Newcastle’s capitulation at the King Power this lunchtime was entirely predictable. Leicester are currently the antithesis of John Carver’s side, they are the scrappiest, most feverishly motivated team in the division and, all things considered, Newcastle were lucky to head home having only been beaten by three.
Post-game, Carver did an admirably effective job of creating yet more division on Tyneside, throwing almost all of his first-team players under the bus in the press-conference and accusing Mike Williamson of intentionally getting himself sent-off.
And in fact, fair enough; Carver is of limited use in the Premier League but there’s something novel in hearing a Newcastle manager raging against the dark apathy which has infected the club. The players were unforgivably poor today and Williamson probably did lunge at Jamie Vardy with the aim of excusing himself from next week, so he’s can be forgiven for his reaction. It will solve nothing and, in all likelihood, just make his relationship with the players more fractious, but it’s good to know that there is still something resembling a pulse at St James’ Park.
Carver, as we all know, is a symptom rather than the illness. He is an unfortunate footnote in this never-ending Mike Ashley saga and this site has already produced enough content on that topic.
But isn’t it interesting how little gets said about Ashley on television. Whenever Newcastle play - and invariably lose - on Sky or BT, their defeat is always met with the same set of banal platitudes. The players’ commitment and effort is always questioned, Carver’s credentials are always doubted, but nobody ever says anything about how the club is actually run. Nobody.
Why is that?
We joke about how naive some of these pundits are and how surface-deep the analysis of the game can be, but it’s implausible to suggest that they are all ignorant of the true circumstances at Newcastle. Criticise the players and the manager - fine, they deserve it - but how can anybody surmise the situation at that club without mentioning the obvious causes.
Why, at this time of year, does Newcastle’s form tail-away?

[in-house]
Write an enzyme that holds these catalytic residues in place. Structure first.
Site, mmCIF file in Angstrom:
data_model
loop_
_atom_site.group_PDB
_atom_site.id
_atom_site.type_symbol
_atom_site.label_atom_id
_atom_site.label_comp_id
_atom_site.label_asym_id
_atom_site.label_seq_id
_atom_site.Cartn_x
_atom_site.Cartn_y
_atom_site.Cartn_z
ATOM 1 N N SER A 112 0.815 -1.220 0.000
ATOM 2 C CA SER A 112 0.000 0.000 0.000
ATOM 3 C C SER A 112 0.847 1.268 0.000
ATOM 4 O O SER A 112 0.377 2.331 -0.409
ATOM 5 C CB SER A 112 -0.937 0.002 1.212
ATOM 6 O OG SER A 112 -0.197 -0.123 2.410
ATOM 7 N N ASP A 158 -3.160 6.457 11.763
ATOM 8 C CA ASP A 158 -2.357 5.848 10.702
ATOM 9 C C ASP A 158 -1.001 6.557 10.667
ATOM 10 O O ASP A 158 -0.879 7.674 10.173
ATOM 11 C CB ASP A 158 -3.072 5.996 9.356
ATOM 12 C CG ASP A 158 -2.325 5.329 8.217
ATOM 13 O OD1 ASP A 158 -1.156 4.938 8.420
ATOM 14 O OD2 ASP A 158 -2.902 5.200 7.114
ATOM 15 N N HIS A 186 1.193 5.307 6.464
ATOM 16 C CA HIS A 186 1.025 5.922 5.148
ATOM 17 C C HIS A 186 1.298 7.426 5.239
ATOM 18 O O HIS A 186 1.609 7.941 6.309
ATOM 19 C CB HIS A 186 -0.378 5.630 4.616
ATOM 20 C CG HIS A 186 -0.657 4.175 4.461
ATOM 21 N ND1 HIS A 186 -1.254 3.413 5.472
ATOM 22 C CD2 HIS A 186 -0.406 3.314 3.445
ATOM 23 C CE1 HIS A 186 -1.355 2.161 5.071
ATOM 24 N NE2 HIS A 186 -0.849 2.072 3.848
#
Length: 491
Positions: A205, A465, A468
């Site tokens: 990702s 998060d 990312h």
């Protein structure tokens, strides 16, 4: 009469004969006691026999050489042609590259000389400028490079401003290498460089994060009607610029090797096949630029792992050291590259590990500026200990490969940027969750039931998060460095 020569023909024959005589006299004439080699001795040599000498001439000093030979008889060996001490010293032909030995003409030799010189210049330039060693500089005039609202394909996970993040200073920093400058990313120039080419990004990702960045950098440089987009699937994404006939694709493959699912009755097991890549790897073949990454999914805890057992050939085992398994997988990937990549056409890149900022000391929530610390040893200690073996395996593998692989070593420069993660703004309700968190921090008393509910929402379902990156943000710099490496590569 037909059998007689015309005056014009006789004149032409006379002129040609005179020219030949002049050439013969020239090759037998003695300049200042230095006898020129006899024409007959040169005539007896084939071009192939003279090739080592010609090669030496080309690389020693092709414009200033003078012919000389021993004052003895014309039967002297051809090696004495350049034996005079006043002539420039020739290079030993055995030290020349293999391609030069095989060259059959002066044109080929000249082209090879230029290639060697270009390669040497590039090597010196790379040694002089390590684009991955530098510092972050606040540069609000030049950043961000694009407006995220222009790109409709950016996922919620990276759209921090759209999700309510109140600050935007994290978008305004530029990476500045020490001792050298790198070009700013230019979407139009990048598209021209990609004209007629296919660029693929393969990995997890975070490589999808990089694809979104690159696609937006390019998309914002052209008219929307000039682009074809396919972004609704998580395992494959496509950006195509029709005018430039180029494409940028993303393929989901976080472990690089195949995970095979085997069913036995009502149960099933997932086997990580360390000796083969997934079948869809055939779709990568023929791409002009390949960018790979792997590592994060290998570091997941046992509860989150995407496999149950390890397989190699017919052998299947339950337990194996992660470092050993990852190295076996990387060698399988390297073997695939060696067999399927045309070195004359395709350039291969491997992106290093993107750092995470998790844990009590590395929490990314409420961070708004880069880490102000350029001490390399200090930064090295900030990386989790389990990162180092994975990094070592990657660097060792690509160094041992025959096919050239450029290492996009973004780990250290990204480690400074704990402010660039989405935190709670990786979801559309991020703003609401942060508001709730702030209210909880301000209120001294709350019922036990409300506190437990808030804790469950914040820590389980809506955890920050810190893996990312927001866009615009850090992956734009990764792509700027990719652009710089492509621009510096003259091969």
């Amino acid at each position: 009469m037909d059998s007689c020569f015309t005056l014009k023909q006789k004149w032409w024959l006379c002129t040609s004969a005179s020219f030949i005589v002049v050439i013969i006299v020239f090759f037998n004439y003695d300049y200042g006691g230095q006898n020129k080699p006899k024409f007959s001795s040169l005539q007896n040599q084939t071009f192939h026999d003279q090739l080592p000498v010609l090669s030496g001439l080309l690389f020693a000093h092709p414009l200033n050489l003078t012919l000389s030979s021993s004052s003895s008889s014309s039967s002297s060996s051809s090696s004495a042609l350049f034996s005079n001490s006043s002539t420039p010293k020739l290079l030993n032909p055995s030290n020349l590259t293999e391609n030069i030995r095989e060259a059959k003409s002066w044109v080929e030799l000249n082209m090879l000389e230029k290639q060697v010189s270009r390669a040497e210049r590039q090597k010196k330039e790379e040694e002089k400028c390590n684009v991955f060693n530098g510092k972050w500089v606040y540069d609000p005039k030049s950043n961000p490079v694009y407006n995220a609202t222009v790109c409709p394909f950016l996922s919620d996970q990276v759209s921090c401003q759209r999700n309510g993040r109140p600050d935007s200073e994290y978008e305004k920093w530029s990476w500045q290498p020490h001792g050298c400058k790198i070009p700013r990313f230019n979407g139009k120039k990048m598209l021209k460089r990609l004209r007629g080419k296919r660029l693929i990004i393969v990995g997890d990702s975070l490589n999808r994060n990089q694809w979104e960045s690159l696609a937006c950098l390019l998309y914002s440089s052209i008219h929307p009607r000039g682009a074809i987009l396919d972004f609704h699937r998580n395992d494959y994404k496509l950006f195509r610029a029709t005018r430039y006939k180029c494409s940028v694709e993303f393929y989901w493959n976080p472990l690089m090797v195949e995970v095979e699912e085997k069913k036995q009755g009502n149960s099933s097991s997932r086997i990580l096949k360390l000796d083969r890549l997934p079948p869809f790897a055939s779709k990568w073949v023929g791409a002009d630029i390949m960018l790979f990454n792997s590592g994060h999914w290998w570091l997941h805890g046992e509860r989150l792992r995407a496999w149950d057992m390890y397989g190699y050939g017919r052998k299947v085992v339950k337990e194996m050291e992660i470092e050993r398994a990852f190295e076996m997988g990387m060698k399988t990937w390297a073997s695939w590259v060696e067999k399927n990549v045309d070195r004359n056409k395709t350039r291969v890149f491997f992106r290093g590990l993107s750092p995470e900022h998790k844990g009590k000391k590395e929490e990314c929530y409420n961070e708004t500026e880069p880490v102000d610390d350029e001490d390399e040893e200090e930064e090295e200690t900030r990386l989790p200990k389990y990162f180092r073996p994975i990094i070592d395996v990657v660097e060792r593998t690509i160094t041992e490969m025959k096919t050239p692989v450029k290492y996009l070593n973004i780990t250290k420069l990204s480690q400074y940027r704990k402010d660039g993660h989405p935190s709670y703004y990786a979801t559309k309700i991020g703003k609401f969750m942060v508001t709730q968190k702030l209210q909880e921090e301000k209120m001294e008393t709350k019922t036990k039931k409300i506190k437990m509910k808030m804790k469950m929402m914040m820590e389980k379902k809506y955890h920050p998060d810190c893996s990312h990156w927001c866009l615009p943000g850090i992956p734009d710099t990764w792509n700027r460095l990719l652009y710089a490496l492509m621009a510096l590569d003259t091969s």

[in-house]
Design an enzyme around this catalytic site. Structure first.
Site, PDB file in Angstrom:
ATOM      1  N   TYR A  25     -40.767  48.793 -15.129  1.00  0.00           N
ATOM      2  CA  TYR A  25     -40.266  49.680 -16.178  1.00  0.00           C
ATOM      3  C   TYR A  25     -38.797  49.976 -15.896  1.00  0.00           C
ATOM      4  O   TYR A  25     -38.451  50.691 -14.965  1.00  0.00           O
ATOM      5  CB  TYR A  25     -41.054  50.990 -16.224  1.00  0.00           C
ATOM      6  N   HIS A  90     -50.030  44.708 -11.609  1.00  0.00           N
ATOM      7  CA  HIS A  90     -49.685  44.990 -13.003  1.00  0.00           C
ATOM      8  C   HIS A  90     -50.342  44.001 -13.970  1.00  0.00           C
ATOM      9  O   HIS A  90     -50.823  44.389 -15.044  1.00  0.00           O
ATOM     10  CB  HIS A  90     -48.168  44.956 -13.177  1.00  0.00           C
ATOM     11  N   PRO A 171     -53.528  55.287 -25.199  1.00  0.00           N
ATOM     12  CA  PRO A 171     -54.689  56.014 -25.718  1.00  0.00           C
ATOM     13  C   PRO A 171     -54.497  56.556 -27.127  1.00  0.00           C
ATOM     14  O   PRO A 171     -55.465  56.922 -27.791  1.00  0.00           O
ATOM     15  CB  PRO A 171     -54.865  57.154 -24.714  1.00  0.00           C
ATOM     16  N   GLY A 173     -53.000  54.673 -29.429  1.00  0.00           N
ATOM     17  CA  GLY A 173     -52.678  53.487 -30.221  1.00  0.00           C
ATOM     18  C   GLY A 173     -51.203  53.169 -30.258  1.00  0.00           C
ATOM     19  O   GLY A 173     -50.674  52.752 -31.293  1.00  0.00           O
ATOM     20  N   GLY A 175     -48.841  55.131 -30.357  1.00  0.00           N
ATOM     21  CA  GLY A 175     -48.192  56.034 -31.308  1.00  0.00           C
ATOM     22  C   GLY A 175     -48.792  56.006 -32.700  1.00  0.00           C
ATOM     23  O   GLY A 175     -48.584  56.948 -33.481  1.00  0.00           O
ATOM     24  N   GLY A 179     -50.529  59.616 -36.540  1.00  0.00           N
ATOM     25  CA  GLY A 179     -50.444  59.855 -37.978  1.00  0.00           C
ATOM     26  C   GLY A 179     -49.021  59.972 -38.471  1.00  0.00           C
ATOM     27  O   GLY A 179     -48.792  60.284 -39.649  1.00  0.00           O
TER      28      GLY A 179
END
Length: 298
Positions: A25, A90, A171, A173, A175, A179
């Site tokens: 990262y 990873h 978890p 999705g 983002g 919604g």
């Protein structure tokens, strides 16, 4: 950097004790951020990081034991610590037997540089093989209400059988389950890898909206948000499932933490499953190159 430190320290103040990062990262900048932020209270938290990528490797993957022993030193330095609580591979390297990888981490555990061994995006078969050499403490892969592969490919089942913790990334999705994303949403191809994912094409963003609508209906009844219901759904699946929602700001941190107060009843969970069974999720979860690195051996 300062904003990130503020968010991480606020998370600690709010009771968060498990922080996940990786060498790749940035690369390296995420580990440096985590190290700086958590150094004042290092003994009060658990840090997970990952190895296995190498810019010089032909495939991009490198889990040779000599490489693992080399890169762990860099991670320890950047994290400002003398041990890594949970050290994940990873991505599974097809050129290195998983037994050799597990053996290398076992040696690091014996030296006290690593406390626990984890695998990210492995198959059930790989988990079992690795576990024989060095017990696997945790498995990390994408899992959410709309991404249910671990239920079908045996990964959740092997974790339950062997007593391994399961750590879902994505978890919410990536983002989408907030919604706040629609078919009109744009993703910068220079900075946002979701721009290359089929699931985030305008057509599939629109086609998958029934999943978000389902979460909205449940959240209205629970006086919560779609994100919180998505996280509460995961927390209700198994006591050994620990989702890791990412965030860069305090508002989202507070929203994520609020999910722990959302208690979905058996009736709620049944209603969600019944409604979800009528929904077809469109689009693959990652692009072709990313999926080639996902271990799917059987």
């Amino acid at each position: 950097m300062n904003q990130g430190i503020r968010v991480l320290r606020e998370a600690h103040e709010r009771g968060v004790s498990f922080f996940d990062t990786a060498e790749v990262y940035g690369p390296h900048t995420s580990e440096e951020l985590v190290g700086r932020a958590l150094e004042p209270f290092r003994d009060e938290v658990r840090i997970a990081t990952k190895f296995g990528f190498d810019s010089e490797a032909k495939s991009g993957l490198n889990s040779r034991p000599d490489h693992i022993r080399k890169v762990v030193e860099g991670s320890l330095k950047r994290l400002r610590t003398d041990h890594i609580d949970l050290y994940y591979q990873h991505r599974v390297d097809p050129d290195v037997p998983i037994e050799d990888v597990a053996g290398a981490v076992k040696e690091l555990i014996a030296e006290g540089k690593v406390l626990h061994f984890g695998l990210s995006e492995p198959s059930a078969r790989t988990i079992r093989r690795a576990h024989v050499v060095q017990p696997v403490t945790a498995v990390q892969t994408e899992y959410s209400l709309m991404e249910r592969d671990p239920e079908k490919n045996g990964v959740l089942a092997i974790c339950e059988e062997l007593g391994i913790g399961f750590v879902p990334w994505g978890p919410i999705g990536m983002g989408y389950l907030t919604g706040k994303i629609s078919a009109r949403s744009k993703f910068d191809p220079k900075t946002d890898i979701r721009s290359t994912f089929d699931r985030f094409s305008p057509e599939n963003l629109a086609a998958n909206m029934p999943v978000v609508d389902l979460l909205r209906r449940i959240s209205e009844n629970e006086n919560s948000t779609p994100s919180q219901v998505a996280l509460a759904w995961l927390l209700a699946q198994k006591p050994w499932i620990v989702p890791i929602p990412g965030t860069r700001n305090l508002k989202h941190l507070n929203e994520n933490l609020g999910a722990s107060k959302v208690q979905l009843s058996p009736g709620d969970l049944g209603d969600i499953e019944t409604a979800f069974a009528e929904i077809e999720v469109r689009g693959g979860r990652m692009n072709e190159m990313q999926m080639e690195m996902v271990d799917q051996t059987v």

Why, when Alan Pardew left the club, was a manager with no professional managerial experience appointed to replace him?
Everyone knows the answers to those questions, but why is this topic never debated in the public domain? It’s as if, to preserve the illusion of the Premier League, discussion of anything which hints at its impurity has been forbidden by a higher power. When Newcastle get beaten, the analysis shouldn’t be limited to listless set-piece defending and self-defeating coaching decisions, it should encompass the entire context within which this nonsense is happening.
Where are the talking heads when you actually need them? Put Mario Balotelli in front of one of those ex-Liverpool player-pundits and they’ll be provoked to an incandescent rage. Bring up Newcastle, though, and they’ll sink back into their chair, muttering quietly about effort and ‘difficult circumstances’.
Honestly, if I don’t know better I’d think that this topic was being censored.
This needs to change and those with a public profile need to be more angry about this. Where are the concerned statements from The FA or the league? Where are all the shouty blow-hards when you actually need them?
There’s nothing. Like a topic which should never be mentioned, any conversation which seems to be heading in Mike Ashley’s direction is brought to an unnatural end and replaced with an awkward, inappropriate silence.
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